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Journal of Environmental and Public Health
Volume 2018, Article ID 3710120, 9 pages
Research Article

Drinking Water Supply, Sanitation, and Hygiene Promotion Interventions in Two Slum Communities in Central Uganda

1Department of Disease Control and Environmental Health, School of Public Health, Makerere University College of Health Sciences, Kampala, Uganda
2Department of Epidemiology and Biostatistics, School of Public Health, Makerere University College of Health Sciences, Kampala, Uganda
3Institute for Health and the Environment, University at Albany, State University of New York, Albany, NY, USA

Correspondence should be addressed to David Musoke;

Received 10 August 2017; Accepted 1 January 2018; Published 28 January 2018

Academic Editor: Suminori Akiba

Copyright © 2018 David Musoke et al. This is an open access article distributed under the Creative Commons Attribution License, which permits unrestricted use, distribution, and reproduction in any medium, provided the original work is properly cited.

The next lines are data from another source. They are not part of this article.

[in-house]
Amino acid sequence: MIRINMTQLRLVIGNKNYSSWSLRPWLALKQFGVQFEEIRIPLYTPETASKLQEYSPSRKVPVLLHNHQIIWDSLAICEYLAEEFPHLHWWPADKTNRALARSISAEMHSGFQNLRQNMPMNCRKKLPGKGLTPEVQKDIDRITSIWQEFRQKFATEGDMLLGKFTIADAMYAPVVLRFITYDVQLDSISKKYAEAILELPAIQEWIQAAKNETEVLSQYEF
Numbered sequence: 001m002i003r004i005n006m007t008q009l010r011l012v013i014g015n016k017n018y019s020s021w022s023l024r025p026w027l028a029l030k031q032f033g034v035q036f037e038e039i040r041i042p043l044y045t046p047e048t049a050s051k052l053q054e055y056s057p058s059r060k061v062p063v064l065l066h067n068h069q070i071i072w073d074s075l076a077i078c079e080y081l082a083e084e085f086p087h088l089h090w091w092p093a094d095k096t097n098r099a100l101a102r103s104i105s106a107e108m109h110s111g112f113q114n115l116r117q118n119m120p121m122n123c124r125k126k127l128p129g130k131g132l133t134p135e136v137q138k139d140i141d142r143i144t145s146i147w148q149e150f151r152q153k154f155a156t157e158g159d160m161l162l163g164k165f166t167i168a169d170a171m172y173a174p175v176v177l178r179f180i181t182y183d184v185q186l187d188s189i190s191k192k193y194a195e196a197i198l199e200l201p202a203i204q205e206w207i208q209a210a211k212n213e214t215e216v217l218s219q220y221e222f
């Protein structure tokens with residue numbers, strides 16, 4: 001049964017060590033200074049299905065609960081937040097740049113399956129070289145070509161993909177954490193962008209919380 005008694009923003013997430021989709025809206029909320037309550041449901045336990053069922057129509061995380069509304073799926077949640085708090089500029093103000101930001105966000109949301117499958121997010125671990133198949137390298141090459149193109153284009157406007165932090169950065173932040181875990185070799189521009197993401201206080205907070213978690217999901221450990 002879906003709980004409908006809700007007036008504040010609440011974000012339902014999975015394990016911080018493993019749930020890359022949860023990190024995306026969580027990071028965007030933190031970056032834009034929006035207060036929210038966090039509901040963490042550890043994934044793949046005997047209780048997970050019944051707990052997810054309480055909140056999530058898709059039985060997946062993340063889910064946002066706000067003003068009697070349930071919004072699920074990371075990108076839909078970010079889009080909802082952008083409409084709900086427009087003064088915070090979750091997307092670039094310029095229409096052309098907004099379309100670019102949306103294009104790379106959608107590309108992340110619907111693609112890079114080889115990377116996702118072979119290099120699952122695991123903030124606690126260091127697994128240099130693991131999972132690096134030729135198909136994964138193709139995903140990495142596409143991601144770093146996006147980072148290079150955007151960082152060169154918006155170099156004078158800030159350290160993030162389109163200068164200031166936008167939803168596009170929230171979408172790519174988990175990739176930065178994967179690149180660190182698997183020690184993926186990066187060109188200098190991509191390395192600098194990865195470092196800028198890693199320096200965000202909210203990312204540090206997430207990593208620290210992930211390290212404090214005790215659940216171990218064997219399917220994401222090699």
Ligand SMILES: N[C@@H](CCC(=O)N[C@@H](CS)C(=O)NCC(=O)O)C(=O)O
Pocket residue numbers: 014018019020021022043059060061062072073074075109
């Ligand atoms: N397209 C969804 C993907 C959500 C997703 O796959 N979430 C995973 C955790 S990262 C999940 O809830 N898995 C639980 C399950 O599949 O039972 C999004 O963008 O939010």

Poor water, sanitation, and hygiene (WASH) continue to contribute to the high prevalence of diarrhoeal diseases in low-income countries such as Uganda particularly in slums. We implemented a 3-year WASH project in two urban slums in Uganda with a focus on safe drinking water and improvement in sanitation. The project implemented community and school interventions in addition to capacity building initiatives. Community interventions included home improvement campaigns, clean-up exercises, water quality assessment, promotion of drinking safe water through household point-of-use chlorination, promotion of hand washing, and support towards solid waste management. In schools, the project supported health clubs and provided them with “talking compound” messages. The capacity building initiatives undertaken included training of youth and community health workers. Project evaluation revealed several improvements in WASH status of the slums including increase in piped water usage from 38% to 86%, reduction in use of unprotected water sources from 30% to 2%, reduction in indiscriminate disposal of solid waste from 18% to 2%, and increase in satisfaction with solid waste management services from 40% to 92%. Such proactive and sustainable community interventions have the potential to not only improve lives of slum inhabitants in developing countries but also create lasting impact.